I also suggested they threaten the company that operates the phones with removal of those phones from all their terminals.  I mean, that’s what I would do if I found a contractor was deliberately conning my customers with a slick scheme to overcharge them for payphone calls.
And yes, the phone company will tell you (if you can ever find a phone number to call and ask) that you can find out how much the charge by following "a series of voice prompts".  This is true.  It also adds time to an already ruinously expensive phone call and hooks you up to someone whose English is difficult to understand.  They’ll claim that because they have a voice prompt system, there is no excuse for not knowing the phone call might be hideously expensive.
I still maintain it’s a species of fraud.  The company knows full well, most people will trust the posted charges as shown on the big red sign in front of their face and in the rush won't read the fine print. The practice is downright deceptive.  If someone starts a nice class action suit I want to be included.
Look, I don't believe that Washington State Ferries is in any way complicit in deliberate fraud or price-gouging.  After I got in touch with the Ferry company, the charges disappeared from my credit card bill along with any evidence that I ever made the call.  Then a few days later, charges reappeared on my phone card, but they had dropped to around four to five dollars this time.  Whether they would have if I hadn’t raised hell about it, I don’t know.  If they gave back the money whenever some intrepid customer managed to find their customer service number, they’d still manage to pocket a whole lot of cash overcharges for phones they operate in prisons and in bus, ferry and airline terminals.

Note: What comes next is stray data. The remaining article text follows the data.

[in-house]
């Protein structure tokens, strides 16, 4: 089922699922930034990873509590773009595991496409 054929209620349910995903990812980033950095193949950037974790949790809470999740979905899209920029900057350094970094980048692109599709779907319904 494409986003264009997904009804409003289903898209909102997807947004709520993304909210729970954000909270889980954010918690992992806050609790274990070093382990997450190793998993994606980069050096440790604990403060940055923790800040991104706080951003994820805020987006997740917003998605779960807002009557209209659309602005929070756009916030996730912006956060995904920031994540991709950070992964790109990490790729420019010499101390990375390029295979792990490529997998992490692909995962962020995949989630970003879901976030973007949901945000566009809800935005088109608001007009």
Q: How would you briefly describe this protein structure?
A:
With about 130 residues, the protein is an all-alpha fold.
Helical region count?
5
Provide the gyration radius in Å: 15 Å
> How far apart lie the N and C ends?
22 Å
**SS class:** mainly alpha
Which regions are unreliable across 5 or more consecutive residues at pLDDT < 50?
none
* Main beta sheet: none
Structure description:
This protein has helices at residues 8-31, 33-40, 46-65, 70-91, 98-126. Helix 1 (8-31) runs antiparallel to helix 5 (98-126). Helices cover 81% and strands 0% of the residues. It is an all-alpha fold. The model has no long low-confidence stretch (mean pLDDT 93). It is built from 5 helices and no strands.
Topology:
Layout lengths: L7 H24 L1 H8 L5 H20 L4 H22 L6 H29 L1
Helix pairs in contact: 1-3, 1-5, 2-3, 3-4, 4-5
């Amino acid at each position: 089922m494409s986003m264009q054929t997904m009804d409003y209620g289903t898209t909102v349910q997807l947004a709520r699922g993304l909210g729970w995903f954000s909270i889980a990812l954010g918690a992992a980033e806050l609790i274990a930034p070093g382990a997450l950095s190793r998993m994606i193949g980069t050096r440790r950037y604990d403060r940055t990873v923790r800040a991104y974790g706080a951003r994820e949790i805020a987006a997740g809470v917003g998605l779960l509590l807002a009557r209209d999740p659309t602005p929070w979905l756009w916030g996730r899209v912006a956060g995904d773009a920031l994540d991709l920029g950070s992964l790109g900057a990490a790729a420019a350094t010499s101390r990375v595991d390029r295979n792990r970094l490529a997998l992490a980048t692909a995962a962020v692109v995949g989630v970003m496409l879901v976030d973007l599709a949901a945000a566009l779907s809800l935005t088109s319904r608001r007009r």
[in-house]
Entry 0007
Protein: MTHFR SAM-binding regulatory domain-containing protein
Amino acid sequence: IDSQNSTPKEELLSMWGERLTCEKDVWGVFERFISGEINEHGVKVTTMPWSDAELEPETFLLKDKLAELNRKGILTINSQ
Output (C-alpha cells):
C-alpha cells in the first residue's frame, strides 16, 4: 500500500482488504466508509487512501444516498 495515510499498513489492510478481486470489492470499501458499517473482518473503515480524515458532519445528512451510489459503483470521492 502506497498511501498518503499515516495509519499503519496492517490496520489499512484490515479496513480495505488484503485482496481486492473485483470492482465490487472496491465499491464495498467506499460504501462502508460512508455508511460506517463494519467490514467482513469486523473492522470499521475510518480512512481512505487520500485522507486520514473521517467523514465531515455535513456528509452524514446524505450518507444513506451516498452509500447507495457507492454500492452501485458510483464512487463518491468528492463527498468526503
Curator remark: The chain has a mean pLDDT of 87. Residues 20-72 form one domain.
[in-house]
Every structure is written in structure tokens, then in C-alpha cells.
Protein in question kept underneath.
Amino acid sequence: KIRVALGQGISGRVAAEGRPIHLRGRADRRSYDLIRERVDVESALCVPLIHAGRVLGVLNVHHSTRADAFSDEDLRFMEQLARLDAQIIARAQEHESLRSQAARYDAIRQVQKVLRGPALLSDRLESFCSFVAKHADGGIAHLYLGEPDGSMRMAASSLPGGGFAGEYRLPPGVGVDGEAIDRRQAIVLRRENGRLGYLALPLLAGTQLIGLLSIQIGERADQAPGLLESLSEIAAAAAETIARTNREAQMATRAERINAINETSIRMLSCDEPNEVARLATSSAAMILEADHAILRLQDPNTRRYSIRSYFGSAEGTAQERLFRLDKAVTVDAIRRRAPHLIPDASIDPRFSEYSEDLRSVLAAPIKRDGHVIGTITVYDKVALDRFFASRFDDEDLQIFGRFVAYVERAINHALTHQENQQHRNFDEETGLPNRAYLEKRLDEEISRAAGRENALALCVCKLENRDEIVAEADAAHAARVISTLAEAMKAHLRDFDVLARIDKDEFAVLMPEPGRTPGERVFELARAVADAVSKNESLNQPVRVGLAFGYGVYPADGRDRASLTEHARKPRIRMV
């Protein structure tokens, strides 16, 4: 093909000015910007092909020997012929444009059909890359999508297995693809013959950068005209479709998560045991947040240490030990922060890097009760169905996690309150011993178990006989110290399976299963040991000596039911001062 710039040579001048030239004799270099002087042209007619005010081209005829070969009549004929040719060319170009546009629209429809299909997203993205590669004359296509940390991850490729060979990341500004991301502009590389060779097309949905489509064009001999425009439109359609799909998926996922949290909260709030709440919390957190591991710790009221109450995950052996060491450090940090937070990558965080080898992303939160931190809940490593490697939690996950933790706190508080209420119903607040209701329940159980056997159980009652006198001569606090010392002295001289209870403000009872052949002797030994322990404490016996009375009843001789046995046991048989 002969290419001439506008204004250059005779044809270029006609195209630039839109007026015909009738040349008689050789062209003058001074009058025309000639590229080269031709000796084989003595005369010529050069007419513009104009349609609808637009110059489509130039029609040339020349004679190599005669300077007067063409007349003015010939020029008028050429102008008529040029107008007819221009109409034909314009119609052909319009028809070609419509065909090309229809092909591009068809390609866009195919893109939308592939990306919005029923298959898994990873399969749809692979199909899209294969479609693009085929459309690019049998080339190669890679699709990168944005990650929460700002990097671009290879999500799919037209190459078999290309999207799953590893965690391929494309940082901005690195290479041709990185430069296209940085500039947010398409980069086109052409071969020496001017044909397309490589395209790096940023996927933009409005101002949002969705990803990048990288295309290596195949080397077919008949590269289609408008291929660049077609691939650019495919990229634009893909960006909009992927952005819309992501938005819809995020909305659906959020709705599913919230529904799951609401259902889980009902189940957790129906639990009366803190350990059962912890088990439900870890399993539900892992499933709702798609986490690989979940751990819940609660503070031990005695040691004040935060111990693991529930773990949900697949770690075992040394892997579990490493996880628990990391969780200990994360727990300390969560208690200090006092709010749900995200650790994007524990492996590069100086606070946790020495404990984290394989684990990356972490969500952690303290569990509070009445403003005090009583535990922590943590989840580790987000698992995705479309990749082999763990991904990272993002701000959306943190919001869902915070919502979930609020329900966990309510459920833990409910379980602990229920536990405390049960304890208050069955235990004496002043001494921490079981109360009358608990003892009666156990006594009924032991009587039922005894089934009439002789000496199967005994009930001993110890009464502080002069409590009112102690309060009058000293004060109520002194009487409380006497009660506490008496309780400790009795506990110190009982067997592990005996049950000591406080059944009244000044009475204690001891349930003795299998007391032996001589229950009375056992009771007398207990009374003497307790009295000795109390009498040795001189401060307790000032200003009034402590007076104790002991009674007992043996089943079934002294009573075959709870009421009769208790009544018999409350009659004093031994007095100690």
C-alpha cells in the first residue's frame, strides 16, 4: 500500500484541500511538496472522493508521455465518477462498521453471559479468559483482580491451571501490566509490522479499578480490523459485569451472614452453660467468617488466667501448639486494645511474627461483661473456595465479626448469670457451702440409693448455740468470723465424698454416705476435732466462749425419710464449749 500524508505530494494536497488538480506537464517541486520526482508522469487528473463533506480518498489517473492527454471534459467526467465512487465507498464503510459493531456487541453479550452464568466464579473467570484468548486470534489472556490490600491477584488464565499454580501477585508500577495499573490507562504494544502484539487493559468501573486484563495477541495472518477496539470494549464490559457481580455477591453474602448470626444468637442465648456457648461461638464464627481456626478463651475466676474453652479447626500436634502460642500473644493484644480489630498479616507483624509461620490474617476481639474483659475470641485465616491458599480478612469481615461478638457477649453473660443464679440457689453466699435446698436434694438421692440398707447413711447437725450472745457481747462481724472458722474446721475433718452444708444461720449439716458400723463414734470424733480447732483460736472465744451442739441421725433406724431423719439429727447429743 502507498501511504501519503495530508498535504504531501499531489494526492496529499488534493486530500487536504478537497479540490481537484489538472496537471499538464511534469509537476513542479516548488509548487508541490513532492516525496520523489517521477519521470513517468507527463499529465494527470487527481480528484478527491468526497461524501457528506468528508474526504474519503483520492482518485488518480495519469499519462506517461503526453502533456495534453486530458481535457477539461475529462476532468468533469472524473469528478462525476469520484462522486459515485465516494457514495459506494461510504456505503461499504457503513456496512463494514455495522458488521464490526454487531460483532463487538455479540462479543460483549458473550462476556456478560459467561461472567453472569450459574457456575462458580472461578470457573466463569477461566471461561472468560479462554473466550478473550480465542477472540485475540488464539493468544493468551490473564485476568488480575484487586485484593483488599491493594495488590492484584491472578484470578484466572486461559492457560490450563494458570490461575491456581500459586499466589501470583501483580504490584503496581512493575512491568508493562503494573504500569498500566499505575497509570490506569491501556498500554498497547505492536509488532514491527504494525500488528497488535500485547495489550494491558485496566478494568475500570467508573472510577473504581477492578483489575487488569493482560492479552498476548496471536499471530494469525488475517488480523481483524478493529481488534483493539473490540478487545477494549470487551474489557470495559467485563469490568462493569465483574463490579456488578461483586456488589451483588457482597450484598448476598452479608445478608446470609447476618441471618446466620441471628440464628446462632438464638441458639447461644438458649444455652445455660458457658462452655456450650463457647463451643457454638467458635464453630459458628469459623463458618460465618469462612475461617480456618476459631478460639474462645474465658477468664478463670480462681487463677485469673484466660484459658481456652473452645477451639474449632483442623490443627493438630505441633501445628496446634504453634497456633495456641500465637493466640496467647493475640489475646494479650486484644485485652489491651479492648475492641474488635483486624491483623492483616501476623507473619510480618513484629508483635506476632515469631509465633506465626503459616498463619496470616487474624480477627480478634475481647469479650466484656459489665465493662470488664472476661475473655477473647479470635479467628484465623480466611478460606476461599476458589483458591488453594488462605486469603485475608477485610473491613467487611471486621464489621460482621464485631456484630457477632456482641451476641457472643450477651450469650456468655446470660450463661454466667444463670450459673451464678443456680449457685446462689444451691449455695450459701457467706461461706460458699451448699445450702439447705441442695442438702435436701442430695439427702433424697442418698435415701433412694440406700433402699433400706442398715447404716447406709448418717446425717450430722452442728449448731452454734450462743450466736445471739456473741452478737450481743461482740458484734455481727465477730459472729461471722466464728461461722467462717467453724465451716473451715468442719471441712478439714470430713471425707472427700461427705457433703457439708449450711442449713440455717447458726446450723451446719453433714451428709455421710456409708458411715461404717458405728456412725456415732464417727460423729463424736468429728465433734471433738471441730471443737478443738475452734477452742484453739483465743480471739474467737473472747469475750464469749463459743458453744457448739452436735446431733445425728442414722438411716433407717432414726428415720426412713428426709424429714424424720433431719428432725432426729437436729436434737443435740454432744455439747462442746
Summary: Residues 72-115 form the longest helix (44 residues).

I did get in touch with the phone company.  I remembered seeing something like WiMacTel on the phone in small letters – I was looking for who to get mad at during the fourth phone call at the time.  I spent three hours tracking the company down.  As it turns out, WiMacTel is one of several dozen aliases under which a company called QuorTech does business.  QuorTech is owned by private equity firm QuorTech Equitites, along with sister companies iTechnology Customer Service and Support, Inc.; QuorTech Freight and Logistics; and iTechnology Digital Advertising Solutions.
I couldn’t find much information about QuorTech*, but its subsidiaries, particularly WiMacTel, showed up on numerous pages that linked to the company regarding complaints about payphone scams.  The only way I was able to connect WiMacTel to its mother company was by doing a lot of digging in public records.  They were not easy to find by name. The company website has changed since this past summer. I didn’t find its service as helpful as the company advertises. They only managed to help themselves to an overnight loan of $60 at my expense.